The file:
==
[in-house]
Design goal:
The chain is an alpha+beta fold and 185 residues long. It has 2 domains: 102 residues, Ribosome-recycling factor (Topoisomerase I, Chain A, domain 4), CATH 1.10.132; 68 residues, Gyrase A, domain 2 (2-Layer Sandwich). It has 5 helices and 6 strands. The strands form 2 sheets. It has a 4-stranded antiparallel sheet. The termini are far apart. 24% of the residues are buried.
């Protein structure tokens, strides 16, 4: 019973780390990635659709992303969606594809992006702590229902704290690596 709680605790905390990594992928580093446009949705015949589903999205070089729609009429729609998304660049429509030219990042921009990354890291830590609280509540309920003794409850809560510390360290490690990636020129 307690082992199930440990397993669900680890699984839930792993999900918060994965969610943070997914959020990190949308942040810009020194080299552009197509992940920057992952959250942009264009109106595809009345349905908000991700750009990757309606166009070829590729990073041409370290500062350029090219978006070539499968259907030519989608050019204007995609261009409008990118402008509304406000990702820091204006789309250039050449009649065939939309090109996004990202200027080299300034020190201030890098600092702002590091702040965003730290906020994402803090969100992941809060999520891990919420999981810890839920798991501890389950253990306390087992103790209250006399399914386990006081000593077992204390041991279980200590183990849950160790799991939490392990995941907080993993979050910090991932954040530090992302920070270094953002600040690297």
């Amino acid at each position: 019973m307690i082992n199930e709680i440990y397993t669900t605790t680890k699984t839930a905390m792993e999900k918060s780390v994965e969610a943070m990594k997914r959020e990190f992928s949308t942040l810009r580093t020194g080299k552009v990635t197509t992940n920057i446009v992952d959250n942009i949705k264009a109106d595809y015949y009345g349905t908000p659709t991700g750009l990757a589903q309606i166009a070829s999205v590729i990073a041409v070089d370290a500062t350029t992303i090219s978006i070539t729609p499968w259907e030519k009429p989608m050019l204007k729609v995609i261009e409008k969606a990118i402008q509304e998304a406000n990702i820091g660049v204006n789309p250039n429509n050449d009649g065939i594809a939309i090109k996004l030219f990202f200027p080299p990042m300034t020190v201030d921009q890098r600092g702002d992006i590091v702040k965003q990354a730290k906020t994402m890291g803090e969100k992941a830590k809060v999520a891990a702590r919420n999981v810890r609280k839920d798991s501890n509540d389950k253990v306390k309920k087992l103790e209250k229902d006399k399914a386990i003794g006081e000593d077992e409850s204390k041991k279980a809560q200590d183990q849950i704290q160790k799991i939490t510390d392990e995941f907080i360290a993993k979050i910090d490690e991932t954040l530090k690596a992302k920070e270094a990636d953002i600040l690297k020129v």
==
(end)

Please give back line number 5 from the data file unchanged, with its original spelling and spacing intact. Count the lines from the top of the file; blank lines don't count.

């Amino acid at each position: 019973m307690i082992n199930e709680i440990y397993t669900t605790t680890k699984t839930a905390m792993e999900k918060s780390v994965e969610a943070m990594k997914r959020e990190f992928s949308t942040l810009r580093t020194g080299k552009v990635t197509t992940n920057i446009v992952d959250n942009i949705k264009a109106d595809y015949y009345g349905t908000p659709t991700g750009l990757a589903q309606i166009a070829s999205v590729i990073a041409v070089d370290a500062t350029t992303i090219s978006i070539t729609p499968w259907e030519k009429p989608m050019l204007k729609v995609i261009e409008k969606a990118i402008q509304e998304a406000n990702i820091g660049v204006n789309p250039n429509n050449d009649g065939i594809a939309i090109k996004l030219f990202f200027p080299p990042m300034t020190v201030d921009q890098r600092g702002d992006i590091v702040k965003q990354a730290k906020t994402m890291g803090e969100k992941a830590k809060v999520a891990a702590r919420n999981v810890r609280k839920d798991s501890n509540d389950k253990v306390k309920k087992l103790e209250k229902d006399k399914a386990i003794g006081e000593d077992e409850s204390k041991k279980a809560q200590d183990q849950i704290q160790k799991i939490t510390d392990e995941f907080i360290a993993k979050i910090d490690e991932t954040l530090k690596a992302k920070e270094a990636d953002i600040l690297k020129v």